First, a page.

New Delhi: PM Modi took over as Prime Minister of India on May 26, 2014. People’s mandate was historical; PM Modi made it more hard-hitting and emphatic when he invited his Pakistani counterpart Nawaz Sharif to the swearing-in ceremony.
Nawaz Sharif also agreed. PM Modi also broad-based it by inviting other SAARC Government and nation heads. Both stole the media limelight, which was a calculated risk for both.
Looking back into the last nine years, we know PM Modi delivered, and his voters and admirers cannot grudge him trying — giving it a shot, as they put it. For his part, Nawaz Sharif faced a much bigger uphill task, and his attempts were stonewalled.
In 2017, I interacted with a Pakistani diplomat, and his argument was Nawaz Sharif has a “business interest” in promoting cordial ties with India. Today, Pakistan is in an economic crisis, and one medicine offered by many quarters is that the Western neighbour needs to improve its ties with New Delhi.
Now the game has changed, and we have a more decisive regime in Delhi than the Pakistani military establishment could have imagined. The Indian Government, Indian Prime Minister or External Affairs Ministry no longer hesitate to call spade a spade. India’s foreign Minister, Dr S Jaishankar, unhesitatingly described Bilawal Bhutto Zardari as a ‘spokesman for terrorism’.
A confident PM Modi is looking into the future with more dreams and vision.
On the other hand, Nawaz Sharif might have personally reached his political semi-retirement stage though his brother Shehbaz is now the Prime Minister of Pakistan.
In between these nine years, one important facet of India-Pakistan diplomacy was the opening of the Kartarpur Corridor.
Creditably, the project survived irrespective of two major diplomatic hassles — the Pulwama terror strike and the abrogation of Article 370.
Indian security agencies and officials seem to appreciate that the corridor project “was and is linked to people’s faith and hence India took a conscious decision”.
Pakistan, for its part, on the one hand, has tried to project its ‘softer face’ in terms of welcoming minorities and improving people-to-people ties – but the “mask has sometimes slipped”.
One key Government source told me in 2019 – days before the Corridor was opened: “In fact, on occasions, the unstated objective has come out in the open. Everyone recalls how Pakistan Foreign Minister Shah Mahmood Qureshi said Kartarpur was a ‘googlie’ and then President of Pakistan had said Kartarpur was a great chess move”.
Paradoxically and not without good reasons, the self-styled chess players had to eat humble pie.
“There was escalated rhetoric on everything else, but the Kartarpur corridor survived. That only shows that power larger than the popular government and the civil leadership in Pakistan has been pushing it,” the source maintained, trying to drive home the point that the Pakistan army wanted to use Kartarpur as a stepping stone to radicalise the Sikh population in India.
Today, the crises in Pakistan have increased manifold beyond the realm of politics, and its communal agenda is responsible for the utter chaos.
While Nawaz Sharif and even Imran Khan (till he was in office) readily became captives of the cantonment shenanigans, in India, PM Modi did not approve of being captive to the “wisdom lying in files of South Block”, notes Nripendra Misra, former Principal Secretary to PM.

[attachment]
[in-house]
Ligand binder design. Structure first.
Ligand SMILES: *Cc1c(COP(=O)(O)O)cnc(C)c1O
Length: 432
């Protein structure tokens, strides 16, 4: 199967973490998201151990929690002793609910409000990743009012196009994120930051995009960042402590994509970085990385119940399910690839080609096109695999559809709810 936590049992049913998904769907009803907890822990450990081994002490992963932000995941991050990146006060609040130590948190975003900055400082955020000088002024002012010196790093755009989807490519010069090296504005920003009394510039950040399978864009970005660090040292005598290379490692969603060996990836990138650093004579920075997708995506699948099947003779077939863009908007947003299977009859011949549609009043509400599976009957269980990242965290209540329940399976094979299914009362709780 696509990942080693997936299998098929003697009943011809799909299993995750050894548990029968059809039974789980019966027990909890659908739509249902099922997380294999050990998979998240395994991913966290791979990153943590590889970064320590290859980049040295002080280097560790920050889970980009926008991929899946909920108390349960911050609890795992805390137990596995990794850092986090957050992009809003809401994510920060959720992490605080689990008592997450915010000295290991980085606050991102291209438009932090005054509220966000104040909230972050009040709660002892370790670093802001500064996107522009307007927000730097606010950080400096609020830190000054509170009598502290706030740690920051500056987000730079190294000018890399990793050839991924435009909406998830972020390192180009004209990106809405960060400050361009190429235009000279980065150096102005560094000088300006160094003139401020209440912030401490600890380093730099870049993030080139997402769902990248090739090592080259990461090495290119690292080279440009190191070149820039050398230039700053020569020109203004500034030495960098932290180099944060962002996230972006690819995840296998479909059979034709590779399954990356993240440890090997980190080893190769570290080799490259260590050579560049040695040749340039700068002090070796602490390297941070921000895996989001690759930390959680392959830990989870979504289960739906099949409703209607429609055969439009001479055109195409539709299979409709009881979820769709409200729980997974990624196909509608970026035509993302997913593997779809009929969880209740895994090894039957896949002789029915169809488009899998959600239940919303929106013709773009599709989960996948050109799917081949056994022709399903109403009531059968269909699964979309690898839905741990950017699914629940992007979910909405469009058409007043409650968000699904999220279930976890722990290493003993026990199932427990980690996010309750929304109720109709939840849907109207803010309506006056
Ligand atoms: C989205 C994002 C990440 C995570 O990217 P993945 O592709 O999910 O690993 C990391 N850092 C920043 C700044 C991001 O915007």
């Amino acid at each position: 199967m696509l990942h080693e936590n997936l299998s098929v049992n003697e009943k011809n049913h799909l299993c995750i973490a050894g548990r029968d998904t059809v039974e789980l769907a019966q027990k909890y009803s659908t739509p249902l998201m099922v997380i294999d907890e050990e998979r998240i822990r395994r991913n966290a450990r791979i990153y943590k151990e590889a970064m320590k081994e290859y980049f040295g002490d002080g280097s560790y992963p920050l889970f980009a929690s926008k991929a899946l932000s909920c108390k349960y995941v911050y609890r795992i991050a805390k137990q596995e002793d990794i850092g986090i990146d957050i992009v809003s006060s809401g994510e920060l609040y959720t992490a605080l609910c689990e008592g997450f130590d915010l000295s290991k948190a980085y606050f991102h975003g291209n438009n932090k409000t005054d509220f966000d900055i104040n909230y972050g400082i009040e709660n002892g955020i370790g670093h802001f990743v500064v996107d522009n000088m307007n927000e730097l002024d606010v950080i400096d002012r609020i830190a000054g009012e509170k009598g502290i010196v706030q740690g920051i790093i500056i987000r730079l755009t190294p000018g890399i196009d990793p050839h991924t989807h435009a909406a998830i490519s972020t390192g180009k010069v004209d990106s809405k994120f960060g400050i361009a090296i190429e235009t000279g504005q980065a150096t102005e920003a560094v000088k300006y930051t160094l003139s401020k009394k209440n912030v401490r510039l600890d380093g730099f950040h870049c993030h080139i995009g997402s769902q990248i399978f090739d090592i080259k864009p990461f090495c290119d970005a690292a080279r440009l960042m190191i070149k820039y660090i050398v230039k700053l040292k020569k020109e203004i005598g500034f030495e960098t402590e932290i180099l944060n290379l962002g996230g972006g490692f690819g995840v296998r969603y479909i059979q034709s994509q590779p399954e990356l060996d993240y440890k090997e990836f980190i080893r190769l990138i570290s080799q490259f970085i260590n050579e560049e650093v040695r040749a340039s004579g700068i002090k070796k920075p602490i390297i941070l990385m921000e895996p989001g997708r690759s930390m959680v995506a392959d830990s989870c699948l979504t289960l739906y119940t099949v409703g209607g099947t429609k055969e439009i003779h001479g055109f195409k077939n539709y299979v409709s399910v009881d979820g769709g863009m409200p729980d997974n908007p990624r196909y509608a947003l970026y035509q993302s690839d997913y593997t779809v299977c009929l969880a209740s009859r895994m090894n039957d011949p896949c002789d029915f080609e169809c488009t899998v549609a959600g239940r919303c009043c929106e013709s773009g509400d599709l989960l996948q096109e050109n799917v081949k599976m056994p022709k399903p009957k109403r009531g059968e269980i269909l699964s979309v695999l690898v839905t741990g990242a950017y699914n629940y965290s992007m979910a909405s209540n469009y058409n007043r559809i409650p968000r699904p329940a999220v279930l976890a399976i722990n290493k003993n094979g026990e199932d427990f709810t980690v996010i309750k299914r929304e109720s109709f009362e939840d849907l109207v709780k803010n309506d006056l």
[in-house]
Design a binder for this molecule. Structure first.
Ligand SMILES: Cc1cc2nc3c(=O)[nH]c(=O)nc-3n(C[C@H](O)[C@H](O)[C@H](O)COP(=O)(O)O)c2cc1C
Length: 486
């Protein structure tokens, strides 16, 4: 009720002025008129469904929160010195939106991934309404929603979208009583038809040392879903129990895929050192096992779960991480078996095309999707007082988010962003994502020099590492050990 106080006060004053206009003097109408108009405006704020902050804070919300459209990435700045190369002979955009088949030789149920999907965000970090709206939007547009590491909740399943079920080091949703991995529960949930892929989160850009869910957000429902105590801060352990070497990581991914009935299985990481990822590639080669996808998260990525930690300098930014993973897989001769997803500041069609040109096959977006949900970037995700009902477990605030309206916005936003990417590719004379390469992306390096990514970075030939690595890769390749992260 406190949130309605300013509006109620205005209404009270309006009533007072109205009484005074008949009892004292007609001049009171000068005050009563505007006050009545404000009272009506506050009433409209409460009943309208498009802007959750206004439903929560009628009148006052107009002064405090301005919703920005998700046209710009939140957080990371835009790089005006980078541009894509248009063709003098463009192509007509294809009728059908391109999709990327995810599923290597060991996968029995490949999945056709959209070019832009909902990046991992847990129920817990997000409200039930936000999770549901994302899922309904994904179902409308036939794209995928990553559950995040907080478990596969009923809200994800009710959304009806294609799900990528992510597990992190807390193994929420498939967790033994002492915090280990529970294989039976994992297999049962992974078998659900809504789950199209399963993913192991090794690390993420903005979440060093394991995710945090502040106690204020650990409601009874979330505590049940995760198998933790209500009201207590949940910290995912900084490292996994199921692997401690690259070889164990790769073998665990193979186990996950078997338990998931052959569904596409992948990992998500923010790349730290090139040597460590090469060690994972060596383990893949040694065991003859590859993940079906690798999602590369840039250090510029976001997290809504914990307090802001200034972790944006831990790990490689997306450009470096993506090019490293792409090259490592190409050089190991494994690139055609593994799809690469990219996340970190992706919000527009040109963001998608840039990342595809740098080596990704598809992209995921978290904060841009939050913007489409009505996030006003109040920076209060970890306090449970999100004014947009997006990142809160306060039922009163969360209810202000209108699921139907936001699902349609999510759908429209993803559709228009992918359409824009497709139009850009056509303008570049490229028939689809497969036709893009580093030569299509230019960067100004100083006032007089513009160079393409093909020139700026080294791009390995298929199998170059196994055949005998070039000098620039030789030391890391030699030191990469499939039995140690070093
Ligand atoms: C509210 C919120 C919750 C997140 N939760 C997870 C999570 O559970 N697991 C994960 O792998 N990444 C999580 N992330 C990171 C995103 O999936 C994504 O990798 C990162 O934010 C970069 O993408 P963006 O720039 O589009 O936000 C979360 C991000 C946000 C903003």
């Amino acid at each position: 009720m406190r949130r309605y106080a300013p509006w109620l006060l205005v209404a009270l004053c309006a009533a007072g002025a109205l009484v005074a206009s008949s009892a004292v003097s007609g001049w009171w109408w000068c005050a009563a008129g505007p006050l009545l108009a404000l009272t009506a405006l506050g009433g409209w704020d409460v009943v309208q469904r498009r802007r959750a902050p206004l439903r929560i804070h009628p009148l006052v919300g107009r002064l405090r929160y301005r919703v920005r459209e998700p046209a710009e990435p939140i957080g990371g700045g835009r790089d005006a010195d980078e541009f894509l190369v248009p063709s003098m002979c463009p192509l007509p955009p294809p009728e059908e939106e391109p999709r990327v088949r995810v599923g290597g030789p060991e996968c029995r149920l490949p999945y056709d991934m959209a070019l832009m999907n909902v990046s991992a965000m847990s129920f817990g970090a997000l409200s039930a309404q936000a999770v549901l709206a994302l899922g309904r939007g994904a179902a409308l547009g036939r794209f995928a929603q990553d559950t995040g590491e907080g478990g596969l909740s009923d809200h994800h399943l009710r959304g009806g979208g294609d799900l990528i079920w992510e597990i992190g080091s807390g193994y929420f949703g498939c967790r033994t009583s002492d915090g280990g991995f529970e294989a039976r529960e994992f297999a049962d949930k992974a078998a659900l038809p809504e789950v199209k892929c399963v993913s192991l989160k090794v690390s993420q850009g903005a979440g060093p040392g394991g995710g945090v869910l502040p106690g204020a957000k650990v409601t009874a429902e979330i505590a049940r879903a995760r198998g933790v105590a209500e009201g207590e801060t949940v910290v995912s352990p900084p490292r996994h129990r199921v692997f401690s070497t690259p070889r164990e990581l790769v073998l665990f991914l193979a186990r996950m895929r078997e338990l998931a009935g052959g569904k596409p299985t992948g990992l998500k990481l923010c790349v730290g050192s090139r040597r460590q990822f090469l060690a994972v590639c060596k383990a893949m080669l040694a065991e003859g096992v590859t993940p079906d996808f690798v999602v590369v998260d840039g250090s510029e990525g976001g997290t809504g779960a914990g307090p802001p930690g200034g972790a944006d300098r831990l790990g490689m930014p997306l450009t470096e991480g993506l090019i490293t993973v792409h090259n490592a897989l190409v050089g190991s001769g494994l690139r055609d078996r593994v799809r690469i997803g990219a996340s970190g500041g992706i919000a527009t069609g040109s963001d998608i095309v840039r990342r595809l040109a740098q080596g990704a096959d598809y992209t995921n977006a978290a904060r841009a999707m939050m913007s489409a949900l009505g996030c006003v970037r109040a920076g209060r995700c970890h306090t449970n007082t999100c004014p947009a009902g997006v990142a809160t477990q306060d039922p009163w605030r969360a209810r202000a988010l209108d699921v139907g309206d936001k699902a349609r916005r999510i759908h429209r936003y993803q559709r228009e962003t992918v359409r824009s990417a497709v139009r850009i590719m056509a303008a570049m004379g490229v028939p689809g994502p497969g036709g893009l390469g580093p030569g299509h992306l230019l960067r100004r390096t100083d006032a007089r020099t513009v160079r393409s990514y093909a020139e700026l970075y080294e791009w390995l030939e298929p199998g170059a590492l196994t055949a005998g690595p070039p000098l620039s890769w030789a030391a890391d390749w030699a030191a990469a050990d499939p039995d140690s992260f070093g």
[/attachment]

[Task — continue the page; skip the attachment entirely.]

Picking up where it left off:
According to him, PM Modi also had made it clear to advisers that the baggage of the last 70 years was unwelcome and ‘no dogma’ would guide his foreign policy initiatives. Hence, he played out of the box.
Nawaz Sharif also believed in playing ‘out of box’ diplomacy to give him his due, but he always felt handicapped.
In India under PM Modi, “the foreign policy was solely geared to achieve peace without any compromise of sovereignty and his commitment to development goals for the betterment of 1.3 billion Indians”, wrote Nripendra Misra in 2020.
He argued – that explained Modi’s “surprise visit” to Lahore at a very short notice.
“To have such a tasty cake (on Sharif’s birthday), I can go to any part of the globe,” PM Modi had said. Sadly, Pakistan reciprocated with Pathankot and Uri.
“He (Modi) could rise above trifling considerations of cost and benefit because he sniffed an opportunity to improve bilateral ties. It’s Pakistan’s misfortune that vested interests in that country sabotaged the pursuit of peace and prosperity,” Nripendra Misra penned.
In 2015 summer yet again, PM Modi and Nawaz Sharif played ball. Nawaz Sharif is not a novice, but he agreed to a joint statement at Ufa in Russia on July 10, 2015, with Indian PM Modi without mentioning the K-word, “Kashmir’.
Earlier in 1997, much before PM, Modi became the phenomenon that he is today, Nawaz Sharif did away with Gen Zia’s 8th Amendment (which Benazir and others did not dare to touch).
The constitutional Amendment had given overriding powers to the Pakistan army. Thus like his Indian counterpart in the past, Nawaz Sharif too showed that he is a gutsy leader. But he always decided to be practical too and obliged his army generals.
There is another common ground between Nawaz Sharif and PM Modi as both are “homegrown” politicians who may lack western/anglicised sophistication but speak good Hindi and are certainly ear-on-ground politicians.
While PM Modi braved through the 2002 Gujarat mayhem onslaught and ten years of ‘unfriendly’ UPA in power, Nawaz Sharif returned to Pakistan politics and captured power after being forced to exile after Pervez Musharraf took over.
Yet, in 2023 the scenario is different. PM Modi is today seen as a global statesman, whereas Nawaz Sharif has a bigger challenge to deal with in domestic politics than playing any major roles. The big picture story is Indian diplomacy rocks.